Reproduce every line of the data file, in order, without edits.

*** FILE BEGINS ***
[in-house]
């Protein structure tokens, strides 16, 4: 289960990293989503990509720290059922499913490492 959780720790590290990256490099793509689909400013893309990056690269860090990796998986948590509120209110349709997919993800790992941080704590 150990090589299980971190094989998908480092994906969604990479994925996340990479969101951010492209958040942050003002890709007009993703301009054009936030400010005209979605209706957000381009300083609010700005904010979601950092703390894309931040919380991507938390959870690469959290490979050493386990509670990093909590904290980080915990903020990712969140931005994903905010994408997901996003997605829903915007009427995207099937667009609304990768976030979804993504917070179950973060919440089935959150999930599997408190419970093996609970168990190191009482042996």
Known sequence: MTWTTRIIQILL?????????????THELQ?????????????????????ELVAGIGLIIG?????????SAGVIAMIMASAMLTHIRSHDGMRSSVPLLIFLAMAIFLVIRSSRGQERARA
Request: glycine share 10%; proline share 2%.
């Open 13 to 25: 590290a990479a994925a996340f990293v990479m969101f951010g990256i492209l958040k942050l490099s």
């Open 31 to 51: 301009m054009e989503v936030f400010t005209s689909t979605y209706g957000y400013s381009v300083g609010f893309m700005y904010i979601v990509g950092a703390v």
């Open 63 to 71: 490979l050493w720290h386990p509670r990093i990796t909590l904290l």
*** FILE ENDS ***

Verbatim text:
[in-house]
């Protein structure tokens, strides 16, 4: 289960990293989503990509720290059922499913490492 959780720790590290990256490099793509689909400013893309990056690269860090990796998986948590509120209110349709997919993800790992941080704590 150990090589299980971190094989998908480092994906969604990479994925996340990479969101951010492209958040942050003002890709007009993703301009054009936030400010005209979605209706957000381009300083609010700005904010979601950092703390894309931040919380991507938390959870690469959290490979050493386990509670990093909590904290980080915990903020990712969140931005994903905010994408997901996003997605829903915007009427995207099937667009609304990768976030979804993504917070179950973060919440089935959150999930599997408190419970093996609970168990190191009482042996």
Known sequence: MTWTTRIIQILL?????????????THELQ?????????????????????ELVAGIGLIIG?????????SAGVIAMIMASAMLTHIRSHDGMRSSVPLLIFLAMAIFLVIRSSRGQERARA
Request: glycine share 10%; proline share 2%.
């Open 13 to 25: 590290a990479a994925a996340f990293v990479m969101f951010g990256i492209l958040k942050l490099s």
């Open 31 to 51: 301009m054009e989503v936030f400010t005209s689909t979605y209706g957000y400013s381009v300083g609010f893309m700005y904010i979601v990509g950092a703390v």
């Open 63 to 71: 490979l050493w720290h386990p509670r990093i990796t909590l904290l």